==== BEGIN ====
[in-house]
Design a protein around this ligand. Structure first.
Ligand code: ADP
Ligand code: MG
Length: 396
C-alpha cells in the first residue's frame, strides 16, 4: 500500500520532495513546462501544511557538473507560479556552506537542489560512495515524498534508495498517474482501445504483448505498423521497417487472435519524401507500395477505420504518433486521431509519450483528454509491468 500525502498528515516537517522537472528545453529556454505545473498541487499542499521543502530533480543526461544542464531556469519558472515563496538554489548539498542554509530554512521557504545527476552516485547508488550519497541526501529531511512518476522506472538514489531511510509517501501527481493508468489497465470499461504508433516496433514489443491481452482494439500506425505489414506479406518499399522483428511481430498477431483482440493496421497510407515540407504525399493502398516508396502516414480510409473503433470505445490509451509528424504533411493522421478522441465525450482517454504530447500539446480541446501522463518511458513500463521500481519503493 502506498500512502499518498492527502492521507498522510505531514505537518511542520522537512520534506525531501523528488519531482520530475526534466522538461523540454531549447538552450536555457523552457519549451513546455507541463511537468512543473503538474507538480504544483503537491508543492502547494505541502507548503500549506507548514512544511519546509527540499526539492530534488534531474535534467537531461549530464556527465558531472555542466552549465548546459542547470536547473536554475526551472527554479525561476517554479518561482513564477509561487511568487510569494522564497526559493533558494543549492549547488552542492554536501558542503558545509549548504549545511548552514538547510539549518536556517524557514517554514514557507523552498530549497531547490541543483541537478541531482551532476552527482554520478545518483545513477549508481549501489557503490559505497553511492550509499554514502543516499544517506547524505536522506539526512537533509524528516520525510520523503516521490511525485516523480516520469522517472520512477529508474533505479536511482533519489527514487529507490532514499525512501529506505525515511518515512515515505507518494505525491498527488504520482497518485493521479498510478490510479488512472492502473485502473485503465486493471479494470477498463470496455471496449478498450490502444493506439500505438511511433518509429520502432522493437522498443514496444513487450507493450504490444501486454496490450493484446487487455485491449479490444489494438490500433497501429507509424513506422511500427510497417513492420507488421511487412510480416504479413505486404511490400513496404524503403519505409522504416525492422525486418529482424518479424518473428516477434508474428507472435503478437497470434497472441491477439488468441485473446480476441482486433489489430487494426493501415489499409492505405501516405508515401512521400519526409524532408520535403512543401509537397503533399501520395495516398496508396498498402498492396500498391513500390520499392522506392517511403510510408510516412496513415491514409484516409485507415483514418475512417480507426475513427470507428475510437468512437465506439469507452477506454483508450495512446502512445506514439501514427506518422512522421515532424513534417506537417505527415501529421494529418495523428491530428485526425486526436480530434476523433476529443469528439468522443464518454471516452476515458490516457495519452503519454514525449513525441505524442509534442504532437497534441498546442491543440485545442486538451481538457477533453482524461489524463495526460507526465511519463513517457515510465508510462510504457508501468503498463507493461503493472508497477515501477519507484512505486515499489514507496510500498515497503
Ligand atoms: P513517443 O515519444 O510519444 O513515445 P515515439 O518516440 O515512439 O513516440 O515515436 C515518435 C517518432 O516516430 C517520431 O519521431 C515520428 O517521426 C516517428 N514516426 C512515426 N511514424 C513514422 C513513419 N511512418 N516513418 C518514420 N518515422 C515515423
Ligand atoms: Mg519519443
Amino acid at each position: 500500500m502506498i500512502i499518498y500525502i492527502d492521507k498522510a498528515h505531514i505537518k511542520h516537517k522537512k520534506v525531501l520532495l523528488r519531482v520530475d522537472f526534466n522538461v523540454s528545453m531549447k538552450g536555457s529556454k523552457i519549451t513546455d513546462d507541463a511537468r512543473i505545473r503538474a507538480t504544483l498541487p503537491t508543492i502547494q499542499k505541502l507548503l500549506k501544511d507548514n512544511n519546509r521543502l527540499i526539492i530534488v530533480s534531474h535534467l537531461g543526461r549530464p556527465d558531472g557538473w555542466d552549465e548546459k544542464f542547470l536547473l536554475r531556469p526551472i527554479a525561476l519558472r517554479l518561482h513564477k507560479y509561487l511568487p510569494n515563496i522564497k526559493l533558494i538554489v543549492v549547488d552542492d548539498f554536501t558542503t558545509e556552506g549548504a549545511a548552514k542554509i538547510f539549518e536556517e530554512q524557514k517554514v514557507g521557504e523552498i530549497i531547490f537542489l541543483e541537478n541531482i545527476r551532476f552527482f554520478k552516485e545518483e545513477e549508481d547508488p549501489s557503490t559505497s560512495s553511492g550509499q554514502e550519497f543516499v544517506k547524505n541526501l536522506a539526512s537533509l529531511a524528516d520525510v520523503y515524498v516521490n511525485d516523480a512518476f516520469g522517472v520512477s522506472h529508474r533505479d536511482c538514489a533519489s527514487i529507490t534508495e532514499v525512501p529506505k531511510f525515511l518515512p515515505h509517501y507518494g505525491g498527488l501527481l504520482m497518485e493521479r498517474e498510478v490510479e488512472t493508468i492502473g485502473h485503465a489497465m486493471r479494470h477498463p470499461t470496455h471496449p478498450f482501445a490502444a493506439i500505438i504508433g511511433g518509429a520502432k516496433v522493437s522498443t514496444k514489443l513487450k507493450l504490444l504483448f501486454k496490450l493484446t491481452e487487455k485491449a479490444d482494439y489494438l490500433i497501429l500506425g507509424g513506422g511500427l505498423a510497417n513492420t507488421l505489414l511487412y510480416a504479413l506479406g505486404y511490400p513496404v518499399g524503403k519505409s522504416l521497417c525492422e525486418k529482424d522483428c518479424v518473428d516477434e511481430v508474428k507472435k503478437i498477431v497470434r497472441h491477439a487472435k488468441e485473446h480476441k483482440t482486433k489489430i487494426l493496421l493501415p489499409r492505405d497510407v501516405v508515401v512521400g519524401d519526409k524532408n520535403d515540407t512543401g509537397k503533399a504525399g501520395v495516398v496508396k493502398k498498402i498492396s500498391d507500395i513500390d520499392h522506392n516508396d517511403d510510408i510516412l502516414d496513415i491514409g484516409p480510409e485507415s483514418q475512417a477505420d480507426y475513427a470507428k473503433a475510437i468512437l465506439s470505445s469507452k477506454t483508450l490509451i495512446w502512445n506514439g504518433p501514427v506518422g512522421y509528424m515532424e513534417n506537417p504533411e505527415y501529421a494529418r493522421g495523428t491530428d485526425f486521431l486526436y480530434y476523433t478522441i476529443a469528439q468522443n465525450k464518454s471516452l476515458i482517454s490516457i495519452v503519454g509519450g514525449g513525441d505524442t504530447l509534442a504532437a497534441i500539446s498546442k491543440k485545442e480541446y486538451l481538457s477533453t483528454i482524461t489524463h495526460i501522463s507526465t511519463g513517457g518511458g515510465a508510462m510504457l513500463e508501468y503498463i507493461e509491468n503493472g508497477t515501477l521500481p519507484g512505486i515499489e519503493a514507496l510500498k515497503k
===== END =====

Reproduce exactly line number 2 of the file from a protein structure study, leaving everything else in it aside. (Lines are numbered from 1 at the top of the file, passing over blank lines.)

Design a protein around this ligand. Structure first.